Wednesday, 9 December 2015

'Herbalife (HLF),' Bill Ackman, Aaron Smith-Levin and 'Scientology.'

Yesterday, the name Aaron Smith-Levin re-appeared in the media linked to 'Herbalife,' Bill Ackman and Pershing Square Capital, but this time there was no mention of 'Scientology.'

'In a FOX Business Network Exclusive, Charlie Gasparino has learned Herbalife's (HLF) legal team is upping the pressure against hedge fund activist Bill Ackman.

The company's legal counsel sent a letter to Ackman's Pershing Square Capital Investment's outside research firm, OTG Research Group, demanding that they stop soliciting confidential, proprietary and privileged information from both current and former Herbalife employees. The letter cites Ackman and his campaign against Herbalife describing his research tactics as troubling and improper. 

OTG Research Group is run by Aaron Smith-Levin who is noted among the investment community for his ability to conduct deep corporate research. 

Ackman and Smith-Levin declined to comment.'

Aaron Smith-Levin
Aaron Smith-Levin

Two years ago, it was reported that Bill Ackman had employed a 'Scientologist,' Aaron Smith-Levin, to investigate 'Herbalife.'

At first, I wondered if this Forbes article could possibly be an April Fool's joke, but, sadly, it was for real.

Aaron Smith-Levin was, in fact, brought into 'Scientology' by his mother in 1986, when he was a mere 5 years old, but now he is no longer under the influence of the organization.

Judging by his recent statements, Aaron Smith-Levin apparently now realises that (what he refers to as) 'fundamentalist' or 'hard-core Scientology' is an absurd, but nonetheless dangerous, mind-bending, criminal racket of which he was an unwitting participant and collateral victim. He even compares the paranoid model of reality of core-'Scientologists' to that of Islamist terrorists. However, in 2014, I sent some common-sense questions to Bill Ackman, but I never got a reply:

  • How exactly did you come into contact with Aaron Smith-Levin?
  • Have you given any confidential information to Mr. Smith-Levin or his 'OTG' associates?
  • Do you still have contact with Mr. Smith-Levin or his 'OTG' associates?
  • Do you have any understanding of the comic-book story of 'Good vs Evil' which controls the minds and behaviour of core-'Scientology' adherents, and which has been used as the false-justification for a catalogue of crimes?
  • At the time you employed 'OTG Research Group,' were you aware of: 'Scientology's' previous links to 'Herbalife' in Europe? 'Scientology's' history of using agents to infiltrate and destroy its perceived 'evil enemies?' 'Scientology's' involvement in the vast Ponzi scheme fronted by Reed Elliot Slatkin?

Right now, I'm not absolutely sure what to make of former 'Scientology Sea Org' member, Aaron Smith-Levin. It would probably take days thoroughly to study all the confusing evidence which has recently appeared on the Net - revealing his current state of mind and his insider knowledge of the clandestine criminal objectives of the 'Scientology' leadership. 

What I don't understand is how Aaron Smith-Levin can have failed to spot the glaringly-obvious similarities between the 'Herbalife' and 'Scientology' rackets. Perhaps he has spotted them, but failed to speak out?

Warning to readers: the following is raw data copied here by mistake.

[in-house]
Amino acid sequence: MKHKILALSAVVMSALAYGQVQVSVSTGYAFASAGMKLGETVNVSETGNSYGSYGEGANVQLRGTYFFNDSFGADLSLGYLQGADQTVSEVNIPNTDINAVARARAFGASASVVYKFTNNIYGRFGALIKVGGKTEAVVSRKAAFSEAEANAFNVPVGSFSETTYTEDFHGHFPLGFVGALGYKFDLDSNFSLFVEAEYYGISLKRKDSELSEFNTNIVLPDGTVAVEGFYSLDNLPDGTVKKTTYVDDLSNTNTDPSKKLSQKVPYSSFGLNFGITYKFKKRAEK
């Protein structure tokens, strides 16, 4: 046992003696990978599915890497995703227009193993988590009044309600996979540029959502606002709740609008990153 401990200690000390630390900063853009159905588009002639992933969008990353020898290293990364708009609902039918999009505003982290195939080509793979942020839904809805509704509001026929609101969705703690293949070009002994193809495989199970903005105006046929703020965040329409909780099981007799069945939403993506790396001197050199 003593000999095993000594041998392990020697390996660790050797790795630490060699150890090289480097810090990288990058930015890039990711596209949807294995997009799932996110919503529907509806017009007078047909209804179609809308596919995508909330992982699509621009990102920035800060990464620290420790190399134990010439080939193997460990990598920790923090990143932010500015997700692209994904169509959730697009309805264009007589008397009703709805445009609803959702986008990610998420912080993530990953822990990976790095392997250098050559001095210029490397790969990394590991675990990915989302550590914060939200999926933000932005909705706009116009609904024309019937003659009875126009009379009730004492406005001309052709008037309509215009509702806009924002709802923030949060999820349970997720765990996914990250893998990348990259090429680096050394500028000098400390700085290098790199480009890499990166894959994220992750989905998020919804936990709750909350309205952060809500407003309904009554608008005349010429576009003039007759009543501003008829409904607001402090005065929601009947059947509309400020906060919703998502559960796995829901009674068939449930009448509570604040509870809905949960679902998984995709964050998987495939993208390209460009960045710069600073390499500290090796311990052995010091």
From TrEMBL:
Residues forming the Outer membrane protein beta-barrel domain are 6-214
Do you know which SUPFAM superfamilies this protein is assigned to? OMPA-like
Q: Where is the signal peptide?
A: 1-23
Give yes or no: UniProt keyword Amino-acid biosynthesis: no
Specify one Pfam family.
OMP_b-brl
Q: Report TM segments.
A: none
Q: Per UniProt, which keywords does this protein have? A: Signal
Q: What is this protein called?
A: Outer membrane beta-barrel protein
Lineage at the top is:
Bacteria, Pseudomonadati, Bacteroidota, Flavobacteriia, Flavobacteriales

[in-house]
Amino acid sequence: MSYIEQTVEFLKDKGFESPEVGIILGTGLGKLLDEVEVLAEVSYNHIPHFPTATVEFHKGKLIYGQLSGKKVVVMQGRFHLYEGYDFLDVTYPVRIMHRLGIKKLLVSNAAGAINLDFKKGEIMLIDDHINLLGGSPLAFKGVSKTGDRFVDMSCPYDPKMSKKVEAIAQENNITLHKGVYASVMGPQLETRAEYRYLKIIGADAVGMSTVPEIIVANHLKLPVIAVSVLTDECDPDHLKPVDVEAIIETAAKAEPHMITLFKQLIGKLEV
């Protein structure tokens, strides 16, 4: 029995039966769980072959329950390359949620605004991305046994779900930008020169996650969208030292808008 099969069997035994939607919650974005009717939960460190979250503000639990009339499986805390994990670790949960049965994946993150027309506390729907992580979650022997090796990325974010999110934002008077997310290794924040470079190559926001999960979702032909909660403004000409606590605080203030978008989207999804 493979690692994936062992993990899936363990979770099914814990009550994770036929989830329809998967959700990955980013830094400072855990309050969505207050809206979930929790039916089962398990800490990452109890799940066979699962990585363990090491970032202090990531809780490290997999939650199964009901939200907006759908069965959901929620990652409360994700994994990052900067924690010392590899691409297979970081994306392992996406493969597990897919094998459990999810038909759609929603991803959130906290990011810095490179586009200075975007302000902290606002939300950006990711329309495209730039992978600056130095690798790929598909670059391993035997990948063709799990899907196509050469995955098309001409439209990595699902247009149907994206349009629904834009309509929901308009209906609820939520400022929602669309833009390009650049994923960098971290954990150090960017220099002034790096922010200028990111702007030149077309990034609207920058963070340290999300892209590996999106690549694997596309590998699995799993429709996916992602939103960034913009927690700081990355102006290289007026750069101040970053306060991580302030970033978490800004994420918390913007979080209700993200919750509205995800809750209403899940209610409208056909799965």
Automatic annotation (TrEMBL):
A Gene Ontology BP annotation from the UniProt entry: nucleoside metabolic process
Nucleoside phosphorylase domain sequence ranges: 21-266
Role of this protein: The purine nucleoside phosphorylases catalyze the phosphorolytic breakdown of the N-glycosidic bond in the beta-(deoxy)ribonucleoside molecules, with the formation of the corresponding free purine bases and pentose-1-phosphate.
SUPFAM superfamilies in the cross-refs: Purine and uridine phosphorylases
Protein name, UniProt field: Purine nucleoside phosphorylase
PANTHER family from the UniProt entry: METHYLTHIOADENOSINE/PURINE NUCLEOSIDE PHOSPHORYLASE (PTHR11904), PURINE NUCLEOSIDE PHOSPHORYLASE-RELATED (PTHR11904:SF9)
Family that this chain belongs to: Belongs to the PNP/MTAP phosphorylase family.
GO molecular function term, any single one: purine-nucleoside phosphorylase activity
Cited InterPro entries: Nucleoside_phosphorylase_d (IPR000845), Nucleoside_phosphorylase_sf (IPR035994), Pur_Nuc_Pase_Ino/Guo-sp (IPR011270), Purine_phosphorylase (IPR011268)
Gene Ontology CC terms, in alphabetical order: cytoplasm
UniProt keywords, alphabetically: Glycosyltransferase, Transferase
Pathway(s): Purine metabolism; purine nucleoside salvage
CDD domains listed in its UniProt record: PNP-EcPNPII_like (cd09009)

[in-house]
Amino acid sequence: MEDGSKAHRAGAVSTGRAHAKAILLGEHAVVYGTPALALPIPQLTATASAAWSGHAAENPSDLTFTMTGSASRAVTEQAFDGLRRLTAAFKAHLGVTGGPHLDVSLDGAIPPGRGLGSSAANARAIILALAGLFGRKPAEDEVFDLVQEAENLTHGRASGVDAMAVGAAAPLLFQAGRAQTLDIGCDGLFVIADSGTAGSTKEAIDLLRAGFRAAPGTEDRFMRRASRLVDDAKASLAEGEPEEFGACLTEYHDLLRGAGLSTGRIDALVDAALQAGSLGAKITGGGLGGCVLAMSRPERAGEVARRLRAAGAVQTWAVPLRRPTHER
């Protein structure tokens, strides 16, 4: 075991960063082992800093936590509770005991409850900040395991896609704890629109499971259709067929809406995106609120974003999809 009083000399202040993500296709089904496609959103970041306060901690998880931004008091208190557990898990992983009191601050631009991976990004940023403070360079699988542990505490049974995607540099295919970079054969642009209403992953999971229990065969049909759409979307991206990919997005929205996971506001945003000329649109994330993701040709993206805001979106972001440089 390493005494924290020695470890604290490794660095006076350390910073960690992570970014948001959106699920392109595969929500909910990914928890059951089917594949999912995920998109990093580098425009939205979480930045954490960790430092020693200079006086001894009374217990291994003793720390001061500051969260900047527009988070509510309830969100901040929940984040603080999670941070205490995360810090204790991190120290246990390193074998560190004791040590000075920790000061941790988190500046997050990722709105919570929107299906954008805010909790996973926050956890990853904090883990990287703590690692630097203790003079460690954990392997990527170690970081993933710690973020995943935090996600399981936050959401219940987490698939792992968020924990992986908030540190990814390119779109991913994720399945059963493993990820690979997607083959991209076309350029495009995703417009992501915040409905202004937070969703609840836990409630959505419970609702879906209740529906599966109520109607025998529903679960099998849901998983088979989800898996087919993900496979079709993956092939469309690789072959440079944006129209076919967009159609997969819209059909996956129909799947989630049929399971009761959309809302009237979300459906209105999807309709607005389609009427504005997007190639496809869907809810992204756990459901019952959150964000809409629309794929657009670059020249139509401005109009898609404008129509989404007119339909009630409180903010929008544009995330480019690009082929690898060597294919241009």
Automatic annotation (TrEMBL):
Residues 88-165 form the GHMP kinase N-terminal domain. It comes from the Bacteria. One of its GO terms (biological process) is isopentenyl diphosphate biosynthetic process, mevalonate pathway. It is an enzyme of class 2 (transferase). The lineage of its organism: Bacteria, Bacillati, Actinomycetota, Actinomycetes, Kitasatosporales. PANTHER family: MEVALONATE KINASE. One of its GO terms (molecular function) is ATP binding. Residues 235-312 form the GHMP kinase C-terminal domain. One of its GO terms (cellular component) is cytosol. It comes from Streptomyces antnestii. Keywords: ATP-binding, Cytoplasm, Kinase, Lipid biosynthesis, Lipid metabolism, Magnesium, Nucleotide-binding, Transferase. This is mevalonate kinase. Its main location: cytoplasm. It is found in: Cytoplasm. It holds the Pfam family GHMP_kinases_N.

There are now a growing number of persons, like Mike Rinder, who have claimed to have participated in criminal activities, and to have lied for years, before coming out of the 'Scientology' organization (because it has become corrupt under the wicked leadership of David Miscavige), but who have illogically continued to insist that they remain faithful adherents of L. Ron Hubbard's 'Scientology religion.'

I have described these confused, and confusing, former 'Scientology' pawns as being the equivalent of the early Protestants who refused the authority of the corrupt heads of their Roman Catholic Church, but who kept their faith in 'Jesus' and and who brought about the 'Reformation.'

That said, I would contend that 'Scientology' is self-evidently a criminogenic organization, which, by its very nature, cannot be reformed.


The following extract comes from 'Les Sectes en Belgique et au Luxembourg' ('Cults in Belgium and Luxembourg') a book (published in 1994) written by Alain Lallemand, a journalist on the popular, Franco-Belgian Newspaper, 'Le Soir.'

'What is the connection between Herbalife and Scientology? According to Jean Albert Fisch of the Circle for the Defence of the Individual and the Family (CDIF), it was a German Scientologist, the main donor on the list of the International Association of Scientologists (IAS), who launched the sale of Herbalife in Germany. A few adherents of the Church of Scientology control a share of the (Herbalife) sales networks in France, wrote Le Monde in July 1993. The question even appeared in the Luxembourg Parliament in April 1993, when a member, John Schummer, asked the Minister for Health about collusion between recruiters from Herbalife and Scientology; in the meantime the German television station Sat 1, had been a lot more explicit: an ex-Scientologist had explained how he had been advised to use Herbalife products during Hubbard/Dianetics training courses. Otherwise, almost all other Scientologists are taking them, he declared.' 


David Brear (copyright 2015)



The 'Scientology' mob's Ponzi scheme (apparently) instigated by Reed Slatkin.

I was recently asked if I could re-post my analysis of Reed Slatkin's 'Long Con.' 

Reed Slatkin is an example of a deeply-deluded individual who was both victim and perpetrator of a 'Long Con.'

A 'Long Con' is a form of fraud maliciously designed to exploit victims' existing beliefs and instinctual desires and make them falsely-believe that they are exercising a completely free-choice.